Eating the Void: On Making a Raw Café Gratitude Chocolate Hazelnut Pie

I have a small collection of odd cookbooks that have, for the most part, gone unused which is probably a good thing. One that’s collected dust for years is I Am Grateful: Recipes and Lifestyle of Café Gratitude. Friends who have been to this oh-so-California restaurant say that’s it’s good while simultaneously a parody of itself. As the intro to the cookbook notes,

The Café Gratitude menu gives you the opportunity to start practicing saying something new and affirming about yourself by simply placing your order. All of the items on our menu have self affirming names like “I am adoring,” “I am loved,” or “I am fulfilled,” which is how we encourage customers to order what they want. Then when the servers bring them their food and drinks, they place them down saying, “You are loved,” or “You are fulfilled”!

Many of the recipes involve hours of dehydrating and the sourcing of more exotic and precious ingredients than Louis XVI ever had access to before the resentful mobs ended his banquets.

The appearance of one of those exotic ingredients (some friends joke gifted me with a package of Irish moss, Chondrus crispus, from the oh-so-San Francisco Rainbow Market) allowed me to make one of the desserts in the I Am Grateful cookbook, the “I Am Bliss” raw vegan chocolate hazelnut pie.

Picking up the remaining ingredients for I Am Bliss proved both expensive and challenging. Naturally, I went to our new oh-so-Los Angeles Erewhan market, which just had a well publicized incident involving a dominatrix leading her client through the store with a dog leash:

Take that San Francisco! But I digress–back to I Am Bliss. In addition to the Irish moss, I needed $1,000 in nuts and lecithin, an ingredient that proved elusive even in the fanciest health food store in the city (they had it in capsule form but I didn’t want to spend $30 on one pie). I took to Google to come up with an alternative and substituted guar gum. I never found any coconut butter and just used coconut flakes ground up in a food processor.

The baking or, rather, non-baking of the pie was quick if tedious. If you’d like to attempt it yourself here’s the compete recipe. To summarize, you grind up nuts with the aforementioned exotic ingredients and some cocoa powder and agave syrup (a.k.a. sugar!) and pour the goop into the crust made out of nuts and dates. The guar gum solidified the filling instantly. Then you make “I Am the Top living meringue” out of more Irish moss, soaked cashews and coconut flakes.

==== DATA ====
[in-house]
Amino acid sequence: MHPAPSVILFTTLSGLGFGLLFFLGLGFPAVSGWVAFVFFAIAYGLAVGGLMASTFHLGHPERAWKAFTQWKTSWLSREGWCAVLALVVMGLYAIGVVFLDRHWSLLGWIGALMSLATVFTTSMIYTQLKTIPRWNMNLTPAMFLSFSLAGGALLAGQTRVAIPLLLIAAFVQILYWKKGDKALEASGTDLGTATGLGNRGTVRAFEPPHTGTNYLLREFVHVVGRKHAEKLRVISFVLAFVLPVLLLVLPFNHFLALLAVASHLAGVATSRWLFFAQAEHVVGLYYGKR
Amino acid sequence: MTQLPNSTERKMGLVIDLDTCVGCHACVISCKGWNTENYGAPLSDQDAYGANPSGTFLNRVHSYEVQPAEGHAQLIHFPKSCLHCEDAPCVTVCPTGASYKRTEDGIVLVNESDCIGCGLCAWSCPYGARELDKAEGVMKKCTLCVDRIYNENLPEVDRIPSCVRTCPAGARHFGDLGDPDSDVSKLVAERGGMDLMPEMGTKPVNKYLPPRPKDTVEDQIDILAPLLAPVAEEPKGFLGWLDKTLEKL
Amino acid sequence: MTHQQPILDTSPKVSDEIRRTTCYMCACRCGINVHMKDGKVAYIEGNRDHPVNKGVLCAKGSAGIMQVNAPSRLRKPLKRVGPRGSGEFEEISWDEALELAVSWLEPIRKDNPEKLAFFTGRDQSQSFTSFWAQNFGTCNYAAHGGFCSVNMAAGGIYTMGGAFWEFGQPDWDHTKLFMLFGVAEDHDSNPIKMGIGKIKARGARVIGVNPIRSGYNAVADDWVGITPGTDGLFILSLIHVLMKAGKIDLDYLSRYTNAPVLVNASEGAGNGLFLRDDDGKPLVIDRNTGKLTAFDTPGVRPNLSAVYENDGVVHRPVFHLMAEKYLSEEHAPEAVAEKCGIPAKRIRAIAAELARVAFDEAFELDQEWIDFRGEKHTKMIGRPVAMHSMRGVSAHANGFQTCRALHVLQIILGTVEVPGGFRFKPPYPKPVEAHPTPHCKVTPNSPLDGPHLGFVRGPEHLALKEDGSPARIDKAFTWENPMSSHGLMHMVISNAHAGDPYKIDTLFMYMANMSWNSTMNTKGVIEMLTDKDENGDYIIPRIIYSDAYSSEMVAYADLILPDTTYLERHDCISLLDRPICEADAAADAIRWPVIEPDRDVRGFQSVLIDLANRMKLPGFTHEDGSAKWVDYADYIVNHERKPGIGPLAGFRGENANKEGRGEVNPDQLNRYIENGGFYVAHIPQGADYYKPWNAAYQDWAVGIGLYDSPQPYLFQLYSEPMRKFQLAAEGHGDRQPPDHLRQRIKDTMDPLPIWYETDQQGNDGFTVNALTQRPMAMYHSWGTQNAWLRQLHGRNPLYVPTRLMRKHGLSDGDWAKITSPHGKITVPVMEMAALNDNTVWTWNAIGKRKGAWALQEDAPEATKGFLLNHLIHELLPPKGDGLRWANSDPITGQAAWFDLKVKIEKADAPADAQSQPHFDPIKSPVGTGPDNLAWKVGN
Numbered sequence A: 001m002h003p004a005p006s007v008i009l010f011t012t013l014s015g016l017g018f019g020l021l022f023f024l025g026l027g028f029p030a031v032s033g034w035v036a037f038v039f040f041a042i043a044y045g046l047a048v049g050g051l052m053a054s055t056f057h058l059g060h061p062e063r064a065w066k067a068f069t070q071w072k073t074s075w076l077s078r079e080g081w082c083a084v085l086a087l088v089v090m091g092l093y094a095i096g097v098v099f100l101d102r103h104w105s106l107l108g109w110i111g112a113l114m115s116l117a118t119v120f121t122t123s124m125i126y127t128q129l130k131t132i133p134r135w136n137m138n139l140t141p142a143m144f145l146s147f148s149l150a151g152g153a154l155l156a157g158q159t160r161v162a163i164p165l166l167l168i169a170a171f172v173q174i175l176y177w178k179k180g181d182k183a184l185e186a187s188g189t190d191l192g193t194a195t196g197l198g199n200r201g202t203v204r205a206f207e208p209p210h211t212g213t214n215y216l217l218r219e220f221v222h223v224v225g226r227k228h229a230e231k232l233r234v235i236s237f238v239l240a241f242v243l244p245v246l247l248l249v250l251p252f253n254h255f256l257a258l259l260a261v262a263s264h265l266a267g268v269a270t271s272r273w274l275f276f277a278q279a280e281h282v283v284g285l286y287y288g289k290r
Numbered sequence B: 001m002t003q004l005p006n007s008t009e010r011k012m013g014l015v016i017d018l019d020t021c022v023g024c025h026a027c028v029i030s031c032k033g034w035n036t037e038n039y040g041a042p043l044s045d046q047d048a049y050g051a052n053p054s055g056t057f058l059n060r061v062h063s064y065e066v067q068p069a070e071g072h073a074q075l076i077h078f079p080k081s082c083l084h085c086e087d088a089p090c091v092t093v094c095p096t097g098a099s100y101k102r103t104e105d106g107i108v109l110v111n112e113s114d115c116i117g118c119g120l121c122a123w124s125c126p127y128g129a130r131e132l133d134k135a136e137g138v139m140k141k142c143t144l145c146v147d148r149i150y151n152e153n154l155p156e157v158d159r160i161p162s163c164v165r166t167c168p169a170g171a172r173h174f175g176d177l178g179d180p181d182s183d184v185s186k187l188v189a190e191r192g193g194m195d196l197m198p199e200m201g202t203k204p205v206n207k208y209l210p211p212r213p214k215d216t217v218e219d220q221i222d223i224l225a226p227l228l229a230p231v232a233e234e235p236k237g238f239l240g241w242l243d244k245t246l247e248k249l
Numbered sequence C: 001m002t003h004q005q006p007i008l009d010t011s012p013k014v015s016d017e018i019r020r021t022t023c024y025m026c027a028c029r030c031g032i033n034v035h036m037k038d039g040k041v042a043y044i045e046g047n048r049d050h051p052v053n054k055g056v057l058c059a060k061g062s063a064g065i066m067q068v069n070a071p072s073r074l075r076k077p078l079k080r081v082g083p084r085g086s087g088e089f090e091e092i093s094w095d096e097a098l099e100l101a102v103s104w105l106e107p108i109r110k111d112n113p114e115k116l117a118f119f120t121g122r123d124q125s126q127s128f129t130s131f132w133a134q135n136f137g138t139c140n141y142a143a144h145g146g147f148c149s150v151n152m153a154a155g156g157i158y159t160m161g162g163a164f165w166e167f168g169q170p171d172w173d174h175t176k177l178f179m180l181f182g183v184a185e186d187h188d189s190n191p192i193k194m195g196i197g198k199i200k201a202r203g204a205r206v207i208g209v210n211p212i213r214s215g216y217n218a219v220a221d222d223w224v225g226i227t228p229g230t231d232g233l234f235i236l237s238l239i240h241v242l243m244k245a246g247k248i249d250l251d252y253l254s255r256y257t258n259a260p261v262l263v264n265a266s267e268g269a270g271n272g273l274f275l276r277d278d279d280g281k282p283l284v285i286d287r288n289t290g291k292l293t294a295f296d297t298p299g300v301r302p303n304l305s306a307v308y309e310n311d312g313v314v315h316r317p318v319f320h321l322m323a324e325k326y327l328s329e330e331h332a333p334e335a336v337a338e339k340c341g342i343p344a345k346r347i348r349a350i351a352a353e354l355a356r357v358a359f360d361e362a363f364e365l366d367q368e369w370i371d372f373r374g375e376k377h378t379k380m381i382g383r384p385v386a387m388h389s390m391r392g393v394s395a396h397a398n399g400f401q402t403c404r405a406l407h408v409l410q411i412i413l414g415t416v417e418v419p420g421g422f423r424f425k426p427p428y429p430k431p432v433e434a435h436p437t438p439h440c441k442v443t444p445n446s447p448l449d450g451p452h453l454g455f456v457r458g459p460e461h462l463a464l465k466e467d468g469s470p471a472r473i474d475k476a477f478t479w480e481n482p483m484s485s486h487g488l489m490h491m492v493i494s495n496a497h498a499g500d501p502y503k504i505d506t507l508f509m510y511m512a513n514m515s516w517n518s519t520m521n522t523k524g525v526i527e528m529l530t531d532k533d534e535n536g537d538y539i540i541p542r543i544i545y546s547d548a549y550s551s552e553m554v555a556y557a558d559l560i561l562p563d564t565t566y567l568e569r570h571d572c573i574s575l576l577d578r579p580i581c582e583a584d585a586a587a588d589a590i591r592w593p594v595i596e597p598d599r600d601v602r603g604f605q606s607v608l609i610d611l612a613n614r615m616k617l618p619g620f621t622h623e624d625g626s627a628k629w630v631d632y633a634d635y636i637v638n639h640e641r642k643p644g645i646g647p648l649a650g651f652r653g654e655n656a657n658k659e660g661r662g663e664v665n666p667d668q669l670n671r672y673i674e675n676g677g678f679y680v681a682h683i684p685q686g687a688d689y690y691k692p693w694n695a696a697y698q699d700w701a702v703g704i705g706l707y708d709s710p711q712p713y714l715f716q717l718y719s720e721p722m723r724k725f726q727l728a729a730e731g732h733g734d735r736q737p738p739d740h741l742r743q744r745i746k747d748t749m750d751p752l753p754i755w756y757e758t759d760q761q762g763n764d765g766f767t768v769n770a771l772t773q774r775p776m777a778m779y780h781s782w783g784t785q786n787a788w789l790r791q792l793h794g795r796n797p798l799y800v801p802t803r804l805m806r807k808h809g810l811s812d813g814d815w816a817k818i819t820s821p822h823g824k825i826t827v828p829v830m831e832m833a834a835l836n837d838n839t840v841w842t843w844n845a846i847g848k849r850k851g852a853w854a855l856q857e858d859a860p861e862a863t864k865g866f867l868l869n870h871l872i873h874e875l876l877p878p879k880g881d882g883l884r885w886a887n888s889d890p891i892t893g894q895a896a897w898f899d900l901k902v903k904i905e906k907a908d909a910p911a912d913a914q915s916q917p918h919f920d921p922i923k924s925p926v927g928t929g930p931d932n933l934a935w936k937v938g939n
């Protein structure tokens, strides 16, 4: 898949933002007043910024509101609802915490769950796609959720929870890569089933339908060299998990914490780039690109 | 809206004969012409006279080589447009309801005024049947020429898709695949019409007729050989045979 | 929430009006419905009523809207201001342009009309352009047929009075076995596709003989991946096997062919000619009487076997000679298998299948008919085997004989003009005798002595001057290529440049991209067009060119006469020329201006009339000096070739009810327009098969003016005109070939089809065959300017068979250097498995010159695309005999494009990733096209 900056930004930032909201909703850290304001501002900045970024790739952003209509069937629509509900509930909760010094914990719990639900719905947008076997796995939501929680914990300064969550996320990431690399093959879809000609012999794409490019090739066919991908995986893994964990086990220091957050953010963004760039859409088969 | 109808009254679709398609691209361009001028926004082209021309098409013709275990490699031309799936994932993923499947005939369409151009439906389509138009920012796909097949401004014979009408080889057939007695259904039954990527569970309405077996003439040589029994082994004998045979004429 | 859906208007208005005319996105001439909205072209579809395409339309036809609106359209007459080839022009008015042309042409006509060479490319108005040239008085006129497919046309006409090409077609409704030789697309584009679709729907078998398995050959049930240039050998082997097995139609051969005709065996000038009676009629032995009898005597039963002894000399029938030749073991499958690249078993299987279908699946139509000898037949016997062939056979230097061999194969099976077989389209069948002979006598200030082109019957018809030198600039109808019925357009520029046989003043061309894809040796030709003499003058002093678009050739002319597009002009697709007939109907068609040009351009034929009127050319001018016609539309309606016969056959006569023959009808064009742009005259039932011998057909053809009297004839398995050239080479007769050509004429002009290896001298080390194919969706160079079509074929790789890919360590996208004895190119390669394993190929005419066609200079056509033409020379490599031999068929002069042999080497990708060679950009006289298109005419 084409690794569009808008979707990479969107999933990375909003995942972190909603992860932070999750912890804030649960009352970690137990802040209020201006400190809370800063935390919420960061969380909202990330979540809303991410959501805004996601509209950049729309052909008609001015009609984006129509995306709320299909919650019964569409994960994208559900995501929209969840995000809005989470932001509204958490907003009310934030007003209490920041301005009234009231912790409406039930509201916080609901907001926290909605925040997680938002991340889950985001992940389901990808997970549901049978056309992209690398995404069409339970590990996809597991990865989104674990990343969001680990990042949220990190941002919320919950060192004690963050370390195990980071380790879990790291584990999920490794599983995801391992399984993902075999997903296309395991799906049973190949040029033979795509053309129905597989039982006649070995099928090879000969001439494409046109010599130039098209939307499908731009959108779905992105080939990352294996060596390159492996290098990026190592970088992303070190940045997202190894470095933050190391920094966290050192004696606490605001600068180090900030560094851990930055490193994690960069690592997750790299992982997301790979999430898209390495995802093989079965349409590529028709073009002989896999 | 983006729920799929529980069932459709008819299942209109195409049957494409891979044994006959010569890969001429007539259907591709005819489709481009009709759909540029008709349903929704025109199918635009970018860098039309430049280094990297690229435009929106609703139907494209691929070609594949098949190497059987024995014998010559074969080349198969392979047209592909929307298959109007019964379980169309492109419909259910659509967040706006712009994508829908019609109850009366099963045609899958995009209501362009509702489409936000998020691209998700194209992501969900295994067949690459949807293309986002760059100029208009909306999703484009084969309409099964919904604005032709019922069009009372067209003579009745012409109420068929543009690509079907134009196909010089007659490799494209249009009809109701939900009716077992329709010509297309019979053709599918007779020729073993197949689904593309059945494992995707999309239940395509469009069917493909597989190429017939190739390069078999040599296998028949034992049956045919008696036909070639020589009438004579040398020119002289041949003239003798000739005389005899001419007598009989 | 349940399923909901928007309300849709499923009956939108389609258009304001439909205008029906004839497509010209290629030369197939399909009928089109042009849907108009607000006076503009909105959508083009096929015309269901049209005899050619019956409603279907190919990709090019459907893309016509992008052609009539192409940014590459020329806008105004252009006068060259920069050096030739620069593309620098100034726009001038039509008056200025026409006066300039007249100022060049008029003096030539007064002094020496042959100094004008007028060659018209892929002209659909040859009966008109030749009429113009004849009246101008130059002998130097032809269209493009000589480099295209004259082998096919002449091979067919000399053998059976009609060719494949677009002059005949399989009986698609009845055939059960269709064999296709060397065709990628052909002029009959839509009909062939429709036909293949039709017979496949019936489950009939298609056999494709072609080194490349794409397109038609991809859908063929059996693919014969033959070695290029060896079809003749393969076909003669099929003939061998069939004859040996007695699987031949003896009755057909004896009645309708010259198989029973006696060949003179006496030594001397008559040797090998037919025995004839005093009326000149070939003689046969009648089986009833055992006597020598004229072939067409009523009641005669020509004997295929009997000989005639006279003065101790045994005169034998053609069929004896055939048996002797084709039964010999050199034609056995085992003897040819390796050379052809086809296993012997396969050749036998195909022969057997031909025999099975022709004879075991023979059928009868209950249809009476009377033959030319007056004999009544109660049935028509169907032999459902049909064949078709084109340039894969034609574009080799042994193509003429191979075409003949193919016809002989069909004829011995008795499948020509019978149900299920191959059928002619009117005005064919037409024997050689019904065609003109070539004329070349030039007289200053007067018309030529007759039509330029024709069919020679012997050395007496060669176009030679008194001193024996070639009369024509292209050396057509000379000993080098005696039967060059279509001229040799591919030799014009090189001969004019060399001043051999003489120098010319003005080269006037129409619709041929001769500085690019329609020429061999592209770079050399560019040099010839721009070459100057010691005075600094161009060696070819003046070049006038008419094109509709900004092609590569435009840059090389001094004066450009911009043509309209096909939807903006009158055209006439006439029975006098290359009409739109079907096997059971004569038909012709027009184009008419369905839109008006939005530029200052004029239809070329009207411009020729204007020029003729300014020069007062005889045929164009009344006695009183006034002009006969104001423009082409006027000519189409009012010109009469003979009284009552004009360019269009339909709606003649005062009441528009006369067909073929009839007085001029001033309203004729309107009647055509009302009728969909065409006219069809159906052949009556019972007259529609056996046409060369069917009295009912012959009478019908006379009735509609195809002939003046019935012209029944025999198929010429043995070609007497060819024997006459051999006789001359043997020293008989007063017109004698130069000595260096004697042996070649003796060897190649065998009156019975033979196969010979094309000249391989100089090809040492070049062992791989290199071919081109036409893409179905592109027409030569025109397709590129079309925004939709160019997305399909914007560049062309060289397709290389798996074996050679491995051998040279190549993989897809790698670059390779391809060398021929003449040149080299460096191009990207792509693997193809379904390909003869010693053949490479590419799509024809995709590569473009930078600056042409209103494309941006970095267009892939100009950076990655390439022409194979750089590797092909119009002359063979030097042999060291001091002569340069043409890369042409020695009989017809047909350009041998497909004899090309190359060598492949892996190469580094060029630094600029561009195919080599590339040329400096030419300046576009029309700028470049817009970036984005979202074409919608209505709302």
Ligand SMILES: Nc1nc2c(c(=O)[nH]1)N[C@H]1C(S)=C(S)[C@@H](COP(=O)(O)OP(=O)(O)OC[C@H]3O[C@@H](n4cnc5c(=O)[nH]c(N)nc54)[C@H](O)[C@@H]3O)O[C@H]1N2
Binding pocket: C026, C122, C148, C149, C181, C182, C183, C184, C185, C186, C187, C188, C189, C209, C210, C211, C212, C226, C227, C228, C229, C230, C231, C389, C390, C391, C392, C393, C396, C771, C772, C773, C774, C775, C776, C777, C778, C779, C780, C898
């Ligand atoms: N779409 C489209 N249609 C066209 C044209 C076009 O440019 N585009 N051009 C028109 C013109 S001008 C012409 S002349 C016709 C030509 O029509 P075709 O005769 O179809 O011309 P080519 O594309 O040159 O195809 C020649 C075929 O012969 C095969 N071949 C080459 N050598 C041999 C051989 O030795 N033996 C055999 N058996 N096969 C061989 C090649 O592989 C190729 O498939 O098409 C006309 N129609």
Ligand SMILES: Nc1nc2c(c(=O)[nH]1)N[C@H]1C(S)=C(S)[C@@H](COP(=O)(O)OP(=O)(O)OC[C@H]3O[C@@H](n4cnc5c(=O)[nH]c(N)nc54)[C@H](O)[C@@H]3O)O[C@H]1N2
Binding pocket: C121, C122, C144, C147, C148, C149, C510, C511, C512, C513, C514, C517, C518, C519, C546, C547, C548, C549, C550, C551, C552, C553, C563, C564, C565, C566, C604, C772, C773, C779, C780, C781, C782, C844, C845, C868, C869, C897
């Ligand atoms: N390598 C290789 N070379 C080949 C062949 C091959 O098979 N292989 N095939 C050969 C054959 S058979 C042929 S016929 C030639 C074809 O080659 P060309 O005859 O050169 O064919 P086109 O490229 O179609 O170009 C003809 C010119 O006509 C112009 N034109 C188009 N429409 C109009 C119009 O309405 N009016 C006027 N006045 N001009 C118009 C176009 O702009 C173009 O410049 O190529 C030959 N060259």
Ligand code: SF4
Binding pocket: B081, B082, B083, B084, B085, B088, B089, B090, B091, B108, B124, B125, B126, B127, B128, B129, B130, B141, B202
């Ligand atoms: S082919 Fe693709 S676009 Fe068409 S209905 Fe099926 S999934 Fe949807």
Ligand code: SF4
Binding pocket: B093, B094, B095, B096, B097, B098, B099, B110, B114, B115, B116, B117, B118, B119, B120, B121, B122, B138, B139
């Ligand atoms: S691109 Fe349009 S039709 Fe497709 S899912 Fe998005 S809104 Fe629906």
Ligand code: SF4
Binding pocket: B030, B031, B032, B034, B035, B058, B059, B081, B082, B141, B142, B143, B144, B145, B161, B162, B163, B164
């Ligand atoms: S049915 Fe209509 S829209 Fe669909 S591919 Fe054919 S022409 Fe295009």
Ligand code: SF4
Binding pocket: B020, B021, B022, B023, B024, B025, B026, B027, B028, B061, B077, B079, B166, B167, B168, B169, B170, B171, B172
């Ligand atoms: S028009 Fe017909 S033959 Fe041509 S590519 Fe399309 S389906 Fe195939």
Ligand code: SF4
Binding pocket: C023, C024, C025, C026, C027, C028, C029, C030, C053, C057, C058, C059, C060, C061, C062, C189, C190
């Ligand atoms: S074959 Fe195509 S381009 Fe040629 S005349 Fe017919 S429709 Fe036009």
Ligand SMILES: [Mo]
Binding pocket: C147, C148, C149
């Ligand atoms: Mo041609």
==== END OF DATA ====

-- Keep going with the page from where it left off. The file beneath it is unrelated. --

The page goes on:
The results? It tasted the way a health food store smells, like some vague mixture of old carob from the bulk bins and seaweed chips. I have a nostalgia for 70s California health food store ambiance so I kinda liked it. Kelly tasted it and made a face. I gifted some vegan friends a slice which both they and their pet parrot rejected.

I will say that I’m happy that the raw food trend seems to have faded in recent years, though of course there’s always an equally silly food trend to take its place such as that all meat diet. The raw diet, the all meat diet, and all their extreme cousins are varying ways of negating the very material act of eating. It reminds me of Slavoj Zizek’s rap about caffeine free diet coke,

We drink Coke – or any drink – for two reasons: for its thirst-quenching or nutritional value, and for its taste. In the case of caffeine-free diet Coke, nutritional value is suspended and the caffeine, as the key ingredient of its taste, is also taken away – all that remains is a pure semblance, an artificial promise of a substance which never materialized. Is it not true that in this sense, in the case of caffeine-free diet Coke, we almost literally ‘drink nothing in the guise of something’? . . . Lacan emphasized how in anorexia, the subject does not simply ‘eat nothing’ – rather, she or he actively wants to eat the Nothingness (the Void) that is itself the ultimate object-cause of desire.

My I Am Bliss pie might better be called I Am the Void.

To be clear I think that we all can benefit from a portion of our diet being raw vegetables. But we also have to acknowledge that our digestives systems have evolved over thousands of years to cooking food. Indeed, there are many foods that don’t release their nutrition unless they are cooked.